WE HAVE yet another episode of creationist legislation, this time in New Mexico. Like the others, notably in Louisiana (where such a bill became law), this anti-science, anti-evolution, pro-creationism bill is modeled after the misleadingly-named Academic Freedom Act, promoted by the neo-theocrats at the Discovery Institute’s Center for Science and Culture (a/k/a the Discoveroids).
As reported in this article: Antievolution legislation in New Mexico at the site of the National Center for Science Education, Senate Bill 433 was introduced into the New Mexico state Senate by Kent L. Cravens.
We’ve read the bill. It’s typical Discoveroid material. In particular, it says, with bold font from us:
The department, school district governing authorities and school administrators shall not prohibit any teacher, when biological evolution or chemical evolution is being taught in accordance with adopted standards and curricula, from informing students about relevant scientific information regarding either the scientific strengths or scientific weaknesses pertaining to biological evolution or chemical evolution. A teacher who chooses to provide such information shall be protected from reassignment, termination, discipline or other discrimination for doing so.
At least for the moment, this link will track the bill’s progress through the state Senate: SB 433: USE OF SCIENCE IN TEACHING BIOLOGICAL ORIGINS . The codes “SEC” and “SJC-SEC” seem to indicate that the bill has been referred to both the Education committee and the Judiciary committee, but we’re not certain of that. It may be only in the Education committee. Also, that  in the code line appears to mean that the bill was introduced on the 6th day of the legislative session.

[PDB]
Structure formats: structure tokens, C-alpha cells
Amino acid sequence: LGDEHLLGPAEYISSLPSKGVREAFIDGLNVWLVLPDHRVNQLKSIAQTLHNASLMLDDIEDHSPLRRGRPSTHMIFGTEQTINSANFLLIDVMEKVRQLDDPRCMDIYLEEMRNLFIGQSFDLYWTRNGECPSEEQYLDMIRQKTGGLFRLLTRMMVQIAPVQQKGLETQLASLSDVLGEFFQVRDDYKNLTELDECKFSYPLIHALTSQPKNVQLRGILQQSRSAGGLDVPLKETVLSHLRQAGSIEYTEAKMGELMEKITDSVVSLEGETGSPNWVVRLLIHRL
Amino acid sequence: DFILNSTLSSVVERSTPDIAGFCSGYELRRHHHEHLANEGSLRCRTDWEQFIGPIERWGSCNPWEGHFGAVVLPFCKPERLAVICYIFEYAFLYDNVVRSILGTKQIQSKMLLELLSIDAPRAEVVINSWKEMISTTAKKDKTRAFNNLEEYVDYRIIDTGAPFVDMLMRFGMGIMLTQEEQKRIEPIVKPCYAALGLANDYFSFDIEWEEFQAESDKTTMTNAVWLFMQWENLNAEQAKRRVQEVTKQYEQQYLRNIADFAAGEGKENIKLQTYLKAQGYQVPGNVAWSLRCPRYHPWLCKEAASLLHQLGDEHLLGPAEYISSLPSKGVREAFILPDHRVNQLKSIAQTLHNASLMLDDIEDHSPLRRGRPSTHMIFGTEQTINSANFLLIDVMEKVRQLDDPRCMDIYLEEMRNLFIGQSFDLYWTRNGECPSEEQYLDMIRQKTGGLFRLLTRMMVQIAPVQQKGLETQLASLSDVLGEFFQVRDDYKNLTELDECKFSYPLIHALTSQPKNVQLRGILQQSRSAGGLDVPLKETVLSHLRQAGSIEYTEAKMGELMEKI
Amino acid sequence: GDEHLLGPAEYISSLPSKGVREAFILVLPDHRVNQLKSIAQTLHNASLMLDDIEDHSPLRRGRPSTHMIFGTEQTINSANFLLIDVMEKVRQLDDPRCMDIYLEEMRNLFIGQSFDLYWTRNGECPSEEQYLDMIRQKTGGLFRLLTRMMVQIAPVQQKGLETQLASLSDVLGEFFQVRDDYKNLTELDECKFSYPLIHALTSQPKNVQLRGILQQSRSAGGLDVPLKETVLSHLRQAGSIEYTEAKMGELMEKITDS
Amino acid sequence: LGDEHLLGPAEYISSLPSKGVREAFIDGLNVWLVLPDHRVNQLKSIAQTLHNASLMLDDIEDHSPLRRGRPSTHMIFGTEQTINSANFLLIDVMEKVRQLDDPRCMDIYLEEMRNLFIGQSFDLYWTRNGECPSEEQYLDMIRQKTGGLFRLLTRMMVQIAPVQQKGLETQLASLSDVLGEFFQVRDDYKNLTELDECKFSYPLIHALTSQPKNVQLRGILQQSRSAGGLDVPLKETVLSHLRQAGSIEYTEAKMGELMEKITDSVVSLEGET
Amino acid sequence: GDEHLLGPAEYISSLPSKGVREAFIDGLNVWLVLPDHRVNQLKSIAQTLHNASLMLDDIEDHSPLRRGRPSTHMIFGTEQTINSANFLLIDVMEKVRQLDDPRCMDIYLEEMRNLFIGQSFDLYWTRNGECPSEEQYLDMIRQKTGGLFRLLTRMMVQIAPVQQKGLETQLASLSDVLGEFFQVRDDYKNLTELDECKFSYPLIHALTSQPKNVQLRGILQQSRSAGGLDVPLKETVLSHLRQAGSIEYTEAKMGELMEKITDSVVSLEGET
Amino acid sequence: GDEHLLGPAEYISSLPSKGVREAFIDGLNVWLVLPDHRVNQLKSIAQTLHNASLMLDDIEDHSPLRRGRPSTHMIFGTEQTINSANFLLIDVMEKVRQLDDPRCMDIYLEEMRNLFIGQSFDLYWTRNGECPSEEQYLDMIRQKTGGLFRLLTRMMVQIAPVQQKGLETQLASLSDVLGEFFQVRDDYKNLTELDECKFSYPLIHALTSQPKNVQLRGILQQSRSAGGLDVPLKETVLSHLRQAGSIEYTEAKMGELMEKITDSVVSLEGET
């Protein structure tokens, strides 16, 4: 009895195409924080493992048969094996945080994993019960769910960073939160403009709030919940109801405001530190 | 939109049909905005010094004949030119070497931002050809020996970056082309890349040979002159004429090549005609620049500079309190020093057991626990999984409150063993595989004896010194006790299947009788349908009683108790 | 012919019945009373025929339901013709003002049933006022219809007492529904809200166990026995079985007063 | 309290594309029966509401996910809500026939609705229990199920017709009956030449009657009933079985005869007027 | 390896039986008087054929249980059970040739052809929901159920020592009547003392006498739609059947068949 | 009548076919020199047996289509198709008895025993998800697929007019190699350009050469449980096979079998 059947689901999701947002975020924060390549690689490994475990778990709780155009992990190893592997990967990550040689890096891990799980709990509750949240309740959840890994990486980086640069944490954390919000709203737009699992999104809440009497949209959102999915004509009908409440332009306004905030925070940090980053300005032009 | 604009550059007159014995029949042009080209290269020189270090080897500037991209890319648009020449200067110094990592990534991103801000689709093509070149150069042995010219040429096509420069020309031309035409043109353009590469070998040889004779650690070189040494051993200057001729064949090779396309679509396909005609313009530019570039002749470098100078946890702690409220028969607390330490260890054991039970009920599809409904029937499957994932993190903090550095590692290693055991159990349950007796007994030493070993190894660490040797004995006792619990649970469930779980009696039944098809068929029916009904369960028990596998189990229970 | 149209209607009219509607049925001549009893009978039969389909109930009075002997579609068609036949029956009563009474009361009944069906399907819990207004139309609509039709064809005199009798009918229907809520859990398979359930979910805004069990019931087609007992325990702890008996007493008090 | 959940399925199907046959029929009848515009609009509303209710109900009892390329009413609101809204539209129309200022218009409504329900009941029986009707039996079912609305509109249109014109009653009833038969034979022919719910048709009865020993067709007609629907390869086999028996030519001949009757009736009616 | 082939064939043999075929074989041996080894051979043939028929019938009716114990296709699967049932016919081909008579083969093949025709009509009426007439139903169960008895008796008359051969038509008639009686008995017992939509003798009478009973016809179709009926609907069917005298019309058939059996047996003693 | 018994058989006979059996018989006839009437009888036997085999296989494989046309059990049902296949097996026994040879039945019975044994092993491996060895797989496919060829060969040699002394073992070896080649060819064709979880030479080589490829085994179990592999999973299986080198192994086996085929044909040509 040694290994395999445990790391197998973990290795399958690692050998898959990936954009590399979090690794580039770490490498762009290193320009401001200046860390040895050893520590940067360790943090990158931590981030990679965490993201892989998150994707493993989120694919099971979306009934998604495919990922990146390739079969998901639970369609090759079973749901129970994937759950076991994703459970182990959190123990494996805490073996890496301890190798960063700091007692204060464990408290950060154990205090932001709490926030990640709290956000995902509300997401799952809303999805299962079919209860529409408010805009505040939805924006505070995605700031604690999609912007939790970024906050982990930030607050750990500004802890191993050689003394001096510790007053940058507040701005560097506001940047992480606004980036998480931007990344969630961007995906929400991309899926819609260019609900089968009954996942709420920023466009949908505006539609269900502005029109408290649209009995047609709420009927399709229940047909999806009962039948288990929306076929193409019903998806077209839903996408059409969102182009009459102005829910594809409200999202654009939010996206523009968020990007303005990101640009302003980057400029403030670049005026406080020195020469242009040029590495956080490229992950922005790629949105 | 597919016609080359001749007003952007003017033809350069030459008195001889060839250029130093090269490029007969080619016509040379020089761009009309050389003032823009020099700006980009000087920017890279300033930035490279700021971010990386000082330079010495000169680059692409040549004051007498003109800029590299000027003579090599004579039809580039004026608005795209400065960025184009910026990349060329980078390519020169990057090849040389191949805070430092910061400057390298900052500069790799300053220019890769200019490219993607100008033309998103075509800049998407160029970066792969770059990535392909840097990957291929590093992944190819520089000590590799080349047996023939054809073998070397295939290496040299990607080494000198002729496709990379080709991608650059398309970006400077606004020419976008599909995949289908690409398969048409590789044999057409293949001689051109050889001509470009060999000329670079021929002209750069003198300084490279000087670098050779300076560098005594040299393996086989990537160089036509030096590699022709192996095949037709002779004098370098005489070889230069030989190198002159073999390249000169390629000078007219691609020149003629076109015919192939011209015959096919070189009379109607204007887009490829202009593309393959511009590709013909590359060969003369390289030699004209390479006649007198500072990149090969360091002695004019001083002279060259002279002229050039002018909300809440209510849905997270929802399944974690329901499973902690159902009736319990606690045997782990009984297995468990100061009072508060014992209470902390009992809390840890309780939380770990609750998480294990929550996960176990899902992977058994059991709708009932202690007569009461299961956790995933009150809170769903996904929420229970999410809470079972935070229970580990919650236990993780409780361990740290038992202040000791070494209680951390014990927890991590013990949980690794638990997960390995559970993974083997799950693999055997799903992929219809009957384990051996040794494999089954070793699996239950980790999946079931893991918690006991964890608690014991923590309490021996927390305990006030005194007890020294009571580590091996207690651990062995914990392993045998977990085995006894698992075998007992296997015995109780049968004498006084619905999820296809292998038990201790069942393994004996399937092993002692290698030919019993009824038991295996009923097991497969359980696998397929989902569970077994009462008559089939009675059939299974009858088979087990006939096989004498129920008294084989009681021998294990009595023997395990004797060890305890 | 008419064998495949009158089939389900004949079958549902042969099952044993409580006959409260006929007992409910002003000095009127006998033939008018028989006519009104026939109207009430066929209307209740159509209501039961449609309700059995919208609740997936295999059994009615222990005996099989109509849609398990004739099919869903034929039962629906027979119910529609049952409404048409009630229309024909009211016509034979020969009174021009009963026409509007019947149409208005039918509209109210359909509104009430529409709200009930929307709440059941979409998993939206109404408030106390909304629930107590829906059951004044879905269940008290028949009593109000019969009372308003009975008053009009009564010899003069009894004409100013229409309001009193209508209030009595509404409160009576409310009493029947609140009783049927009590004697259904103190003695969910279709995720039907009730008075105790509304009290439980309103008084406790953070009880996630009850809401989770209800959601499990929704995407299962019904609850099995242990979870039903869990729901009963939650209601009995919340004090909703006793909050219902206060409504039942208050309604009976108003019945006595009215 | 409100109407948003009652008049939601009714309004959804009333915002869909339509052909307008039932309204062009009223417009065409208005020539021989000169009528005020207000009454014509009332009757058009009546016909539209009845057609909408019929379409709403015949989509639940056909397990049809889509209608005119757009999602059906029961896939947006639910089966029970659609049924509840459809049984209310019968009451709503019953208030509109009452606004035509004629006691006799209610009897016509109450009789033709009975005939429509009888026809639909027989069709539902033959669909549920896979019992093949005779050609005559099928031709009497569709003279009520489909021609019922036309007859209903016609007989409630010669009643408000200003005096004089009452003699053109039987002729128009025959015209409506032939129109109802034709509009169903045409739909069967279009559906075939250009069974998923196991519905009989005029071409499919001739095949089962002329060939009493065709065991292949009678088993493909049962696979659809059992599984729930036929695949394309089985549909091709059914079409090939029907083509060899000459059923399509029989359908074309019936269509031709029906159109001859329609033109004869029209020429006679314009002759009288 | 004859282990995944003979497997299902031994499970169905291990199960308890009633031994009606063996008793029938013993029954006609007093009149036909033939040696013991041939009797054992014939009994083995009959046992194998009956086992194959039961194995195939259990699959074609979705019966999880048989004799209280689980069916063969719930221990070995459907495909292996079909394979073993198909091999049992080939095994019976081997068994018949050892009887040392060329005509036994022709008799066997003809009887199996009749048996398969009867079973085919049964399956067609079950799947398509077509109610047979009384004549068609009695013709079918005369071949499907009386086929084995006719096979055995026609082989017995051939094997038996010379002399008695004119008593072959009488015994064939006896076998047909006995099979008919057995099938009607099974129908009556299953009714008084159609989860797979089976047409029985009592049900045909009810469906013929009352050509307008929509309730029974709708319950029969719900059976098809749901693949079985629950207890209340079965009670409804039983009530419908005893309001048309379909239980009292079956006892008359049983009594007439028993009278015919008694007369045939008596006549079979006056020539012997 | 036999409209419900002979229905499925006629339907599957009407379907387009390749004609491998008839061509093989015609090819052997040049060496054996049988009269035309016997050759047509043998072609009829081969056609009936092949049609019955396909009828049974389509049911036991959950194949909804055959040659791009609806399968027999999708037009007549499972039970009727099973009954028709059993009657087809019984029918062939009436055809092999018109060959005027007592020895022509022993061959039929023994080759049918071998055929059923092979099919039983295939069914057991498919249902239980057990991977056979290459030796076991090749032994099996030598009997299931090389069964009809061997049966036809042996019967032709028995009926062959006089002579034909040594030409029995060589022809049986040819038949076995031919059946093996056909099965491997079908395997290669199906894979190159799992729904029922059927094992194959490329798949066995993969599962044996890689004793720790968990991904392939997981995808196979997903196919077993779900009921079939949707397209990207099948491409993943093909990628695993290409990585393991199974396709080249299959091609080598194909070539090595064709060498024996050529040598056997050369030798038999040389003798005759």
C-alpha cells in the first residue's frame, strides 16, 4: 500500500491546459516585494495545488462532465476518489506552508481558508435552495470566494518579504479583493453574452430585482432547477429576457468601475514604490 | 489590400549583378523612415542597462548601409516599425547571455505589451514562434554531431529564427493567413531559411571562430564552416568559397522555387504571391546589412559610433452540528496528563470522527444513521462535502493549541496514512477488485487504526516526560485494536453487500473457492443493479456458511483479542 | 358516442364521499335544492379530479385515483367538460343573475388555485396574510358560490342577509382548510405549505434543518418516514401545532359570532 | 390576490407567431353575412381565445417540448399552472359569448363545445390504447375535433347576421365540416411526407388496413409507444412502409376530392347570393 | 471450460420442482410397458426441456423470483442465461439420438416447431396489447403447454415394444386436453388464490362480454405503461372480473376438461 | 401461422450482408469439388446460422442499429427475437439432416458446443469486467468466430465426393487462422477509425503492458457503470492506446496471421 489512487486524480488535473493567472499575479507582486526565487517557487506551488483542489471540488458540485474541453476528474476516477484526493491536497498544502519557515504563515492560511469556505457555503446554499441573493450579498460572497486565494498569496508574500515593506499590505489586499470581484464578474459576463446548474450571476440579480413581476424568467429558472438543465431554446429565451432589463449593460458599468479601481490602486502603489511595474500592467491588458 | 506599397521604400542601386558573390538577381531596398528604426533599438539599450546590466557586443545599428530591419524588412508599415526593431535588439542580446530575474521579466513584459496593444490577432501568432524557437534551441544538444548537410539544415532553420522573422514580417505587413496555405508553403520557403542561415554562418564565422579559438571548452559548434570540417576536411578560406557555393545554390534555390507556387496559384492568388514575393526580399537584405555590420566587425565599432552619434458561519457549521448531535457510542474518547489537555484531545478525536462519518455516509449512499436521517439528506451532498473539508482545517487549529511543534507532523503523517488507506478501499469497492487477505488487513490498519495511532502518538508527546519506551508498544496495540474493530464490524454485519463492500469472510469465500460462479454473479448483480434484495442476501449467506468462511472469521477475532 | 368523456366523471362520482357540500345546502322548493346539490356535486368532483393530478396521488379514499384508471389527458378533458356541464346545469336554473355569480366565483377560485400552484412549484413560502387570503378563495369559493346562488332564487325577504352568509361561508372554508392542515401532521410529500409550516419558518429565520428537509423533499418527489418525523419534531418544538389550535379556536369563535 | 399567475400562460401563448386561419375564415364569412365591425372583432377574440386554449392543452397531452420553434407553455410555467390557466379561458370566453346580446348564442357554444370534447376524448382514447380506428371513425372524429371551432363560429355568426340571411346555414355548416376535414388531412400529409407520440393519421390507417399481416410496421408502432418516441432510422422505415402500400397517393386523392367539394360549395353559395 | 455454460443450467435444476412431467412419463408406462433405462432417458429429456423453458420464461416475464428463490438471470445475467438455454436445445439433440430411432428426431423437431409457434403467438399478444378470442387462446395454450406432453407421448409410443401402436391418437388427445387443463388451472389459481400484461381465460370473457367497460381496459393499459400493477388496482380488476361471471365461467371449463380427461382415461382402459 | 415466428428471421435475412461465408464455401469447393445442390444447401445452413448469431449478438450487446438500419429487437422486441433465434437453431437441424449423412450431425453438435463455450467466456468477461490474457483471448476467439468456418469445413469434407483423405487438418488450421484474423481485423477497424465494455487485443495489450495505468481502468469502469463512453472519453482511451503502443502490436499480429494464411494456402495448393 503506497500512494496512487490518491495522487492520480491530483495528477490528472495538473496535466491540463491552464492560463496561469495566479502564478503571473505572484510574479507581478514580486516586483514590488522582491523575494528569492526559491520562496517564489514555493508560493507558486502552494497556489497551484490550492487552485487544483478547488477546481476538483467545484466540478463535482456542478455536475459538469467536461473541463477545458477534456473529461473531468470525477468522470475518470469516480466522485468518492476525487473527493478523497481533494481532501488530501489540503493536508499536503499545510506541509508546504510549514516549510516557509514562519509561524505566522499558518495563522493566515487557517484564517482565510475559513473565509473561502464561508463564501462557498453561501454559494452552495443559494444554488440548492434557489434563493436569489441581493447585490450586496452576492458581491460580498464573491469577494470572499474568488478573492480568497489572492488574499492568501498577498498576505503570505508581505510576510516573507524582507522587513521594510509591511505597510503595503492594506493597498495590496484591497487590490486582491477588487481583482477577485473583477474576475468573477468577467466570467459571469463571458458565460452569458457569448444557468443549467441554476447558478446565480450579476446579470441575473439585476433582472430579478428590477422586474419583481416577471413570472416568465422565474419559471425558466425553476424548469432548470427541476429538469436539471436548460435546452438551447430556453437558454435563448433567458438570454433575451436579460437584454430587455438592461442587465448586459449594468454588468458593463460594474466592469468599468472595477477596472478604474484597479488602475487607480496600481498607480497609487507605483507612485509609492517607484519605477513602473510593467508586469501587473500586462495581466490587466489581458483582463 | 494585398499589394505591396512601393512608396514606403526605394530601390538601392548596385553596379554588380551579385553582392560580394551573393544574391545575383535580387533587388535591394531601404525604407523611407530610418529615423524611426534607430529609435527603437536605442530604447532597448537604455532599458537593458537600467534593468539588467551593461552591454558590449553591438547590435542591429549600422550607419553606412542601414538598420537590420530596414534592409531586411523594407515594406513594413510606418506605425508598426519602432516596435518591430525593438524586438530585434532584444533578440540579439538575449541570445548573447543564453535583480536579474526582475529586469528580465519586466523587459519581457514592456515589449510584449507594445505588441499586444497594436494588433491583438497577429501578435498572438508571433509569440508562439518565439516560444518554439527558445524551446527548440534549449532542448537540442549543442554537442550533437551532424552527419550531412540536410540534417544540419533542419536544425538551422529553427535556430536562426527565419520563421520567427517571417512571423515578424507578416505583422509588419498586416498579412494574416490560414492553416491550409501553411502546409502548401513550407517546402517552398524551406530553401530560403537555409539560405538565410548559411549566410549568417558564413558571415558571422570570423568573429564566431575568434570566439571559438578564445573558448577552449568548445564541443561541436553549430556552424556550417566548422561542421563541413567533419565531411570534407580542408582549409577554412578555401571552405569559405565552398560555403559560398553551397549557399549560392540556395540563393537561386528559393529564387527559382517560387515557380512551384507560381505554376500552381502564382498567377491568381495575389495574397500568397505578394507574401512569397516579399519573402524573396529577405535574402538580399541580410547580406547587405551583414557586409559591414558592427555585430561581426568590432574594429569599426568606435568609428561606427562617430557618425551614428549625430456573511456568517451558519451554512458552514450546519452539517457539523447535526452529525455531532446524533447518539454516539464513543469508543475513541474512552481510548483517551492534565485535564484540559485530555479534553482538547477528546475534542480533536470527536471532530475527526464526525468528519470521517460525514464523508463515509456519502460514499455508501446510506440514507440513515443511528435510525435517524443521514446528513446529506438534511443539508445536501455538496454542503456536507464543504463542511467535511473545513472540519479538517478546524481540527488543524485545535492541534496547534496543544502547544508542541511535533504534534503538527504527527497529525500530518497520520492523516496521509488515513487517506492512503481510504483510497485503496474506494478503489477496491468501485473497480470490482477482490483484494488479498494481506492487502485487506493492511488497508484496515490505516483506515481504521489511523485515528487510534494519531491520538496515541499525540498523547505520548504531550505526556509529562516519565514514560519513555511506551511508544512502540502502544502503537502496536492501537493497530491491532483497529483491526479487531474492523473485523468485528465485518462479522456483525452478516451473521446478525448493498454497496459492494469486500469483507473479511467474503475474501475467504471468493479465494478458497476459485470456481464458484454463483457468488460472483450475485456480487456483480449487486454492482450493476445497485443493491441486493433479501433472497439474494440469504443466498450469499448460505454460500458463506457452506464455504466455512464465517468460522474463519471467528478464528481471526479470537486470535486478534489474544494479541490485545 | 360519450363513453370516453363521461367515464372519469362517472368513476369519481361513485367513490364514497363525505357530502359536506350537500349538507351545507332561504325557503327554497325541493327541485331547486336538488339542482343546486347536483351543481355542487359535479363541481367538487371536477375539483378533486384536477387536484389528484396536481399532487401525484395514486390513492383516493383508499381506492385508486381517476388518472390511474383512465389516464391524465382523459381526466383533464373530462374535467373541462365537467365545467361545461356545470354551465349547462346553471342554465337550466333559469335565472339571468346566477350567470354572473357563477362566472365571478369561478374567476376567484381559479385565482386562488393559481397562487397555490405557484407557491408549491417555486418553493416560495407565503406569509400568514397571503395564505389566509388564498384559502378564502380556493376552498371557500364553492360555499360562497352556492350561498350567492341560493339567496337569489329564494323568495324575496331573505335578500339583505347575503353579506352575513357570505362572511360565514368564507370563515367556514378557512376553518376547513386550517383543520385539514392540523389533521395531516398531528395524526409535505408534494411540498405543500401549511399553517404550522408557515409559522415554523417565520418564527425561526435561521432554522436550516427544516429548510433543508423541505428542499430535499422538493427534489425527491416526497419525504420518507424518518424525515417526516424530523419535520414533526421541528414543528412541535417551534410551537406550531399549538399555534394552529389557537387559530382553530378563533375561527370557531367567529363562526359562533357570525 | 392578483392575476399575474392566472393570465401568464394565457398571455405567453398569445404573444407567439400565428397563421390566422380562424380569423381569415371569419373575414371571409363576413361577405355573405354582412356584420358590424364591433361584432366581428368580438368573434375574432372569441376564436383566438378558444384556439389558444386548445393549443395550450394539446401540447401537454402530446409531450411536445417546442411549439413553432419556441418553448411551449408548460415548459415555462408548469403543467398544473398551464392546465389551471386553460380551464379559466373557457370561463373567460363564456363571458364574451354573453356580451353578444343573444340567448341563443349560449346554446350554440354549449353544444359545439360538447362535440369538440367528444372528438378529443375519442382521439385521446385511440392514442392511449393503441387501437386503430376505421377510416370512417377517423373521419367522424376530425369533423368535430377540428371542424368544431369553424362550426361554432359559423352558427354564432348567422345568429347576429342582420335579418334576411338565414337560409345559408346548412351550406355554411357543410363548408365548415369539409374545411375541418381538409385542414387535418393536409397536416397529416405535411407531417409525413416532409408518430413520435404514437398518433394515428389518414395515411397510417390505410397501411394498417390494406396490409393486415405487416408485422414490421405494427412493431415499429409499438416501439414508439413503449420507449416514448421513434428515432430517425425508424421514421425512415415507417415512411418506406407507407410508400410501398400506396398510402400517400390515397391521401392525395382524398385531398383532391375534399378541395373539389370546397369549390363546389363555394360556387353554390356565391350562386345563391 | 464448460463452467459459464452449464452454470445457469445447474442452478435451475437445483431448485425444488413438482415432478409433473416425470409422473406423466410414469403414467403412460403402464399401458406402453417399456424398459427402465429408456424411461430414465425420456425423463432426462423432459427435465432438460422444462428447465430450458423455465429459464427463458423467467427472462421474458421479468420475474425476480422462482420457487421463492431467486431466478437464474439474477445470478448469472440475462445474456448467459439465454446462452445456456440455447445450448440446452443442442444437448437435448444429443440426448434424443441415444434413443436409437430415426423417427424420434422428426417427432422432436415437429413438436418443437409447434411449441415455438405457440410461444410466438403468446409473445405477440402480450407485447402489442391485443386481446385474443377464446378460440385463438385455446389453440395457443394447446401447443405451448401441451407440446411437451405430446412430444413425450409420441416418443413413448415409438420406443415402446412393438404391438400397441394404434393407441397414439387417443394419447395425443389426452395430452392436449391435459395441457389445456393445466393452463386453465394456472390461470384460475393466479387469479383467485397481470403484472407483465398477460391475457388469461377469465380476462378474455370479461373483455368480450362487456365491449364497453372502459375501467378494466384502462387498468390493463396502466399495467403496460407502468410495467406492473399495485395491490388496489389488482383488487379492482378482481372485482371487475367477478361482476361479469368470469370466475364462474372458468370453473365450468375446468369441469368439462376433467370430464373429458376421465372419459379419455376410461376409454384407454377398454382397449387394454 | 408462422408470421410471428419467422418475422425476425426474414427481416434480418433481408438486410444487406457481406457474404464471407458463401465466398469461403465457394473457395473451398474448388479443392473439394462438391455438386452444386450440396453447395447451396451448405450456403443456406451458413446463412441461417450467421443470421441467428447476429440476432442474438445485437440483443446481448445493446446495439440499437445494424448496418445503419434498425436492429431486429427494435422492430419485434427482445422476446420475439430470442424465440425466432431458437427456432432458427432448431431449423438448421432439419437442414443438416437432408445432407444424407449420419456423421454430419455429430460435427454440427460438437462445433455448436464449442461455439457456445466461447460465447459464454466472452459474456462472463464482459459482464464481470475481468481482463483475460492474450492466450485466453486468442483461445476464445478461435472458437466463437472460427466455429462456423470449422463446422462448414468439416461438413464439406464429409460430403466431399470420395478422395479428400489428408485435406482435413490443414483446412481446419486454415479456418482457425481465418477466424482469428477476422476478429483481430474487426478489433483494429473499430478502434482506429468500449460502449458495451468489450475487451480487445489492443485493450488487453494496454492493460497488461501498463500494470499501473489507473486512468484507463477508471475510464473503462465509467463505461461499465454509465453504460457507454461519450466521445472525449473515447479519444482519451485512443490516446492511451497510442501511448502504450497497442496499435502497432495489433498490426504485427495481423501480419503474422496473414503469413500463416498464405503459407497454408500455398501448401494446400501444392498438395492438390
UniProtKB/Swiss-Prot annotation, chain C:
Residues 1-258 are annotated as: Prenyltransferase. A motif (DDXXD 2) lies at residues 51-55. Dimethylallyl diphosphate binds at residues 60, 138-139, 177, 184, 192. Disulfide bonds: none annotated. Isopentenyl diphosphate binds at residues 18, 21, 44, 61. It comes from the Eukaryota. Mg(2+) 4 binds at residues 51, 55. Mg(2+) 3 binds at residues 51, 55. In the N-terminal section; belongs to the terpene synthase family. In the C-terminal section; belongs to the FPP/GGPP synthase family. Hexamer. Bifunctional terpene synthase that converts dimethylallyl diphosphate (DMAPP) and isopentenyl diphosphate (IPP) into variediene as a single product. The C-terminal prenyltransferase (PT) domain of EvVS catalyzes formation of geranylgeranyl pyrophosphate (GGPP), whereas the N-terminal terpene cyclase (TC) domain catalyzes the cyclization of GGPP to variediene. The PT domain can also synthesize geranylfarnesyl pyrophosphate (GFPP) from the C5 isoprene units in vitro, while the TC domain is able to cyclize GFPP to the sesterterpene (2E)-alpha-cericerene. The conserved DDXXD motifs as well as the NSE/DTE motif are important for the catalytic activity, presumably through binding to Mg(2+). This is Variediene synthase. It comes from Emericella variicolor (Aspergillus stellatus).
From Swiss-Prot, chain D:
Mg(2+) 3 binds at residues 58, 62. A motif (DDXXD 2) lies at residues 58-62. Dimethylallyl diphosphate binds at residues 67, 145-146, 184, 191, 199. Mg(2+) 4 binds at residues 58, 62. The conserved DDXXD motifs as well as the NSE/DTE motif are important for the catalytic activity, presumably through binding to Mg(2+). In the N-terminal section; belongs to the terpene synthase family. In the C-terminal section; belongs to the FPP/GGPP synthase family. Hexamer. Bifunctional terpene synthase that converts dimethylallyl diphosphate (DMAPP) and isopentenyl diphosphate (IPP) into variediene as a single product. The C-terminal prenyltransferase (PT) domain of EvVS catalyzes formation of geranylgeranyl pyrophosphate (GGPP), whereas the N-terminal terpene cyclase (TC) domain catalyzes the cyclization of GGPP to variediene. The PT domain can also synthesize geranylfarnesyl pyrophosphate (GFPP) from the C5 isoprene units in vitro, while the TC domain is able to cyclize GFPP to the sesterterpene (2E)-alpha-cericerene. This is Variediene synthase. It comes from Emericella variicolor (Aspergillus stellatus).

Who is the New Mexico creationist who has introduced this embarrassingly foolish bill? Here’s his page at the legislature’s website: Senator Kent L. Cravens – (R). At the site of Project Vote Smart there’s some biographical information about Cravens. He has a high school diploma, and it seems that he owns a print shop and what appears to be a grocery store. He’s qualified to be a creation scientist.
New Mexico is fortunate in having a citizens group which is organized to oppose measures like this — New Mexicans for Science and Reason . Their website indicates that they’re well aware of the situation.
So where does that leave us? We’re not experts on New Mexico’s legislative process, but we’ve seen this movie before. Someone will have to introduce a similar measure in the state House. Then both chambers need to have their respective committees approve the bills. The committees may have hearings, with “expert” witnesses, and the game may be rigged (as it was in Louisiana) to give the false impression that a scientific controversy exists. When the bills are reported favorably out of the committees, they’ll be put up for vote. If the bills pass in each chamber, but with differences, the House and Senate versions will need to be reconciled. If they work it all out and pass a bill, it goes to the governor for his signature, or possibly his veto.
You’ve seen how these things played out in other states. The creationists who favor the bill will all make statements to the effect that their only concern is to have “good science” taught in their state’s schools. But everyone will understand what they really mean.
Unless this thing dies in committee, it’s going to be a long road, and we’re in for a bumpy ride. If the creationists are strong in both chambers, everything will be done for show, and the bill will pass. That’s how life is.
However, your humble Curmudgeon may have a solution. We’re not joking.
If there are any clear-headed members of the New Mexico legislature, we recommend that they give serious consideration to The Curmudgeon’s Amendment. It’s designed to nullify legislation like this. Look it over. We think it’ll work just fine.
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